Ring: The Legend of the Nibelungen

Developer:  Arxel Tribe
Publisher:  Cryo Interactive Entertainment
Year Released:  1998

Review by Gordon Aplin (November, 1998)
ring.jpgCryo games always seem to be a bit quirky and Ring is no exception. Even now, having taken a day or two to mull over the game since I finished it, I am still not sure if I fully understand the intricacies of the overall story. The problem for me lies in the futuristic framework that is the setting for the game and its integration with Teutonic legend. No time to go into details here, but the introduction barely fleshes out the background and raises more questions than it answers such as, why is the asteroid (the location where play begins) seemingly under attack? Despite my confusion with the story, however, which wasn't made any clearer by the strange ending, I still managed to appreciate this game a lot. Maybe sci-fi fans will get more satisfaction from, or be more comfortable with, the futuristic setting, but really there is much here to delight many adventurers.

Recovering the past
Indeed, it is an interesting and intriguing game where your character, named Ish, must re-live or remember elements from Wagner's epic opera, Der Ring Des Nibelungen, as history and even the Earth itself has been forgotten in this bleak future. Ish remains cocooned on the asteroid and a floating, spherical android named Dril becomes your means of seeing and moving around. Don't worry about this aspect, Dril is merely a device to shift the game to a first-person perspective at the end of the introduction. On the asteroid you can learn a little about the characters you will meet namely; Alberich, Loge, Siegmund and Brunnhilde and when you enter each of the four chapters in turn you take on the persona of the central figure of that part of the story.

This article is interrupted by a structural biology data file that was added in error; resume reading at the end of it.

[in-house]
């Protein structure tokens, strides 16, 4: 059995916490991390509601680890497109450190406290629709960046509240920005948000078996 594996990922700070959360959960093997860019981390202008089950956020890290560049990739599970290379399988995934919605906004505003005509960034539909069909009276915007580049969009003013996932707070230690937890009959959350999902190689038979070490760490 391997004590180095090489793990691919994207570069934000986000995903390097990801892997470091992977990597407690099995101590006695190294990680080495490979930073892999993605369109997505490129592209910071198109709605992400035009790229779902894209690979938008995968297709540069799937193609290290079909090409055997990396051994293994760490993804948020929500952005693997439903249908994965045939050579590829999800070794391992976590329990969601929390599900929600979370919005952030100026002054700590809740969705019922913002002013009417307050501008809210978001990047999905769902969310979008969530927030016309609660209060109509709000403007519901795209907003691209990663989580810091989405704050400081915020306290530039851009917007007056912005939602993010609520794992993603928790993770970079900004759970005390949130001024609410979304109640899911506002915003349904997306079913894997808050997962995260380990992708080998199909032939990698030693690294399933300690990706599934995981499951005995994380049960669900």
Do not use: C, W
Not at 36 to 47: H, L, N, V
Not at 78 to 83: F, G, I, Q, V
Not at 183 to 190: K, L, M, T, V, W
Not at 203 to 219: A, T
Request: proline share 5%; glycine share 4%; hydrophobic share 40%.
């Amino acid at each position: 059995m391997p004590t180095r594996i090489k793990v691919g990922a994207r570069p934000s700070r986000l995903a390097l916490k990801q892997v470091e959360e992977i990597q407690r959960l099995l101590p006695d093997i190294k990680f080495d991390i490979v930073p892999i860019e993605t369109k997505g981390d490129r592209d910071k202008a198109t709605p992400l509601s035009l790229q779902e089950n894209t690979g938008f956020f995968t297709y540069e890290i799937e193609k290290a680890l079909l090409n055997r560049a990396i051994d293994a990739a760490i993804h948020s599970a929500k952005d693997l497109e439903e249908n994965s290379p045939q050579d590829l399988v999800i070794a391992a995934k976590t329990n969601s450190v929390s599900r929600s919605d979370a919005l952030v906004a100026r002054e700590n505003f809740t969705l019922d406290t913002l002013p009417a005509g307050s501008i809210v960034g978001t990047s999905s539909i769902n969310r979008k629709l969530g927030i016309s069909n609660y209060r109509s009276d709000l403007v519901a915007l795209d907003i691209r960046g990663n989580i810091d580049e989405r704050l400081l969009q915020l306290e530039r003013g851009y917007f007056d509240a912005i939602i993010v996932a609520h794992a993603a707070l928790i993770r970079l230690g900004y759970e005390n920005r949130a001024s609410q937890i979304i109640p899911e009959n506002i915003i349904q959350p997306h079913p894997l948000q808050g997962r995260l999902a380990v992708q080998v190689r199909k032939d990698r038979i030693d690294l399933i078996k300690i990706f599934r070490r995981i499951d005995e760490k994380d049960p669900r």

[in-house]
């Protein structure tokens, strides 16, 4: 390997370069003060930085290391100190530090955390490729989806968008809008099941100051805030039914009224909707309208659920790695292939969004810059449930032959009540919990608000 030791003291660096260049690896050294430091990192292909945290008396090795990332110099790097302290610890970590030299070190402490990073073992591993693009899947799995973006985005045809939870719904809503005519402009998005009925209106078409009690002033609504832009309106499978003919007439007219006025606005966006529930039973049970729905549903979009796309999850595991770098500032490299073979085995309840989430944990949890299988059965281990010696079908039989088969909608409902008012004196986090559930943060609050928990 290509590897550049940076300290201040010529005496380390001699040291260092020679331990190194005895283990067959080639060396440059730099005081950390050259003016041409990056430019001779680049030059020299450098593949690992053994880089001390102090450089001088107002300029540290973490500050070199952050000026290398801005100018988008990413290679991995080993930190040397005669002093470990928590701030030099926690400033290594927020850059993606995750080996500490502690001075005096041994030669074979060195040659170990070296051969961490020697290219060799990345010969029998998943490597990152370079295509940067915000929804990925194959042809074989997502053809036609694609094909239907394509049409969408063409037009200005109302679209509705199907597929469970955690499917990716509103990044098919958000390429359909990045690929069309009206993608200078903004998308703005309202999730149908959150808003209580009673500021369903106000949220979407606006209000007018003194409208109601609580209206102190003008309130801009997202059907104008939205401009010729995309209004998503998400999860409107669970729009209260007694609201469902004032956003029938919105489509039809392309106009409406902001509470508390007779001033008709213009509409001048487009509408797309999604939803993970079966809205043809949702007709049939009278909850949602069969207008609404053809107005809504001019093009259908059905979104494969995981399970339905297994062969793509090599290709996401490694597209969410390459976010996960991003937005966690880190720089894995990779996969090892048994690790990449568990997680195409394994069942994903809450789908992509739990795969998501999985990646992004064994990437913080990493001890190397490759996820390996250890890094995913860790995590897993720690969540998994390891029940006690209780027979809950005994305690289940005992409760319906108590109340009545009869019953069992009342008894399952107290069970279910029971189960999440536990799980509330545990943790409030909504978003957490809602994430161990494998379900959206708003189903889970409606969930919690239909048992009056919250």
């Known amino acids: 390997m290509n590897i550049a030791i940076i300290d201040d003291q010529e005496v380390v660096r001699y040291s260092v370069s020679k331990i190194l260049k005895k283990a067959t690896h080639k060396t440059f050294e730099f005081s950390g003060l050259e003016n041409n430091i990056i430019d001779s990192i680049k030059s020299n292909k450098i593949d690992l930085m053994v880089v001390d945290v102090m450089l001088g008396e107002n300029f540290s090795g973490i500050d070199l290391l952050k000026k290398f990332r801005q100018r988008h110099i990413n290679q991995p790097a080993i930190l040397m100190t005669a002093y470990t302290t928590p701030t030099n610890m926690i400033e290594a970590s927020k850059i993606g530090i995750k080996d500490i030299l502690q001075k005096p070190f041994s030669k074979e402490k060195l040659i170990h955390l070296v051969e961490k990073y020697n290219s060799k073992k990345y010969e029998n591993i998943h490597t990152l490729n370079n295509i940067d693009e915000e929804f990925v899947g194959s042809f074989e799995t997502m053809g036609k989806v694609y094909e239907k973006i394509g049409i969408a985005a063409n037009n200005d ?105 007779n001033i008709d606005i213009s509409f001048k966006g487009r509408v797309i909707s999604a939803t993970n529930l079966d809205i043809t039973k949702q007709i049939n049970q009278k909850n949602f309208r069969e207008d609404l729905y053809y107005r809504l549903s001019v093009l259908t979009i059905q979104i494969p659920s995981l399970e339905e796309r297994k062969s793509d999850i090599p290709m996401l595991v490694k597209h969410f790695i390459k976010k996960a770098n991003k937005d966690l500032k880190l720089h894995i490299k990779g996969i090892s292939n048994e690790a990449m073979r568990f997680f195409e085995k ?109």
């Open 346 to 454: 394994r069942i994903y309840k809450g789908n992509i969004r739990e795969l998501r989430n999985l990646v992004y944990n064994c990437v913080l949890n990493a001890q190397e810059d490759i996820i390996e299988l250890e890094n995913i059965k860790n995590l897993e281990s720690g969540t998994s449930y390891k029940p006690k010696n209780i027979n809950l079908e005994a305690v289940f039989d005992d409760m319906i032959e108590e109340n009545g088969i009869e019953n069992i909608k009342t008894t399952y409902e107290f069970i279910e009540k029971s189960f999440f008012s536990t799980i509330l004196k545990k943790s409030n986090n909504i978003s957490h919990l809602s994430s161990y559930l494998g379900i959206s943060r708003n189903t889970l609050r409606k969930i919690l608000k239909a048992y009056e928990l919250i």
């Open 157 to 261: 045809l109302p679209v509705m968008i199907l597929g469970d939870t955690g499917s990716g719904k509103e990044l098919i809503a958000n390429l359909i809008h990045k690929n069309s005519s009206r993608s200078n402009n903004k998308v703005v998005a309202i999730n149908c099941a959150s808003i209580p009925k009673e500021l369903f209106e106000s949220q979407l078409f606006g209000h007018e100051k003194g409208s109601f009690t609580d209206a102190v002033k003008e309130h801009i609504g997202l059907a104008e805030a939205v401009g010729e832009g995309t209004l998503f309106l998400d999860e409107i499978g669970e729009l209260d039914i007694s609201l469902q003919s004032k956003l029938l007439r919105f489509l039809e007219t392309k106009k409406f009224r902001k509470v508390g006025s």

You can explore each chapter in any order, though the story is more coherent if you play it in the sequence I have noted above. Also, if you are stuck in any part you can leave it and try your luck in another chapter, so in effect you could have all four chapters at various stages of completion, though you must eventually complete them all to finish the game. Each story is contained on one CD so disk swapping is kept to a minimum, unless you choose to jump from chapter to chapter. If you do take this option and leave a chapter before completing it don't fret about having to repeat any play. Fortunately, when you rejoin that part of the story you will pick up exactly where you left off.

Manipulation and puzzles
All the manipulation is carried out from a first-person perspective though third-person cut sequences accompany your every movement and there are a number of video interludes at various stages of play. That is why this game fills up six CDs. The graphics in these sequences are quite impressive but you can press 'Esc' to skip them if you have had enough or seen them before. The interface allows for 360 degree panning and vertical movement and the cursor indicates when you can move forward or interact with an item or another character.